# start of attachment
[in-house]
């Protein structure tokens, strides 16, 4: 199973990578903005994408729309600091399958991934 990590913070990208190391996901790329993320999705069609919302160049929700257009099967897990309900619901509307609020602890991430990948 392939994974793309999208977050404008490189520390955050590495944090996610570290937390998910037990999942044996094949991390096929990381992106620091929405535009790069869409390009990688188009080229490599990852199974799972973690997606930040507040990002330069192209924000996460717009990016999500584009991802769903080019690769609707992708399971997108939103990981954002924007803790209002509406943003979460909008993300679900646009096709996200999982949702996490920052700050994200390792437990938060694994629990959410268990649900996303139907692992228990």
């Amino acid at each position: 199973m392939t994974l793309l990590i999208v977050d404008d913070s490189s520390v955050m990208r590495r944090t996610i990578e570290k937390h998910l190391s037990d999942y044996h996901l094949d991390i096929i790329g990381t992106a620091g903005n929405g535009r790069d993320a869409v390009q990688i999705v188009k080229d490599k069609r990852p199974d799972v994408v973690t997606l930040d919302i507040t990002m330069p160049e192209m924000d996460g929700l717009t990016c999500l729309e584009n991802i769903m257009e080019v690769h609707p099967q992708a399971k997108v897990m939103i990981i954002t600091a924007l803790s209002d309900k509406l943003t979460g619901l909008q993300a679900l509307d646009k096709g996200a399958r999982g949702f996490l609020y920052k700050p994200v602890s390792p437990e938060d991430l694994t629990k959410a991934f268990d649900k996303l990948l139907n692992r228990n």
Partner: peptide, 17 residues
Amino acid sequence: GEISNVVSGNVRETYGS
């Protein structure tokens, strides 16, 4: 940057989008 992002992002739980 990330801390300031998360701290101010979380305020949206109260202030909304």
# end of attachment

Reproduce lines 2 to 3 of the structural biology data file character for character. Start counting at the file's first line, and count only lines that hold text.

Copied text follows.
């Protein structure tokens, strides 16, 4: 199973990578903005994408729309600091399958991934 990590913070990208190391996901790329993320999705069609919302160049929700257009099967897990309900619901509307609020602890991430990948 392939994974793309999208977050404008490189520390955050590495944090996610570290937390998910037990999942044996094949991390096929990381992106620091929405535009790069869409390009990688188009080229490599990852199974799972973690997606930040507040990002330069192209924000996460717009990016999500584009991802769903080019690769609707992708399971997108939103990981954002924007803790209002509406943003979460909008993300679900646009096709996200999982949702996490920052700050994200390792437990938060694994629990959410268990649900996303139907692992228990």
């Amino acid at each position: 199973m392939t994974l793309l990590i999208v977050d404008d913070s490189s520390v955050m990208r590495r944090t996610i990578e570290k937390h998910l190391s037990d999942y044996h996901l094949d991390i096929i790329g990381t992106a620091g903005n929405g535009r790069d993320a869409v390009q990688i999705v188009k080229d490599k069609r990852p199974d799972v994408v973690t997606l930040d919302i507040t990002m330069p160049e192209m924000d996460g929700l717009t990016c999500l729309e584009n991802i769903m257009e080019v690769h609707p099967q992708a399971k997108v897990m939103i990981i954002t600091a924007l803790s209002d309900k509406l943003t979460g619901l909008q993300a679900l509307d646009k096709g996200a399958r999982g949702f996490l609020y920052k700050p994200v602890s390792p437990e938060d991430l694994t629990k959410a991934f268990d649900k996303l990948l139907n692992r228990n």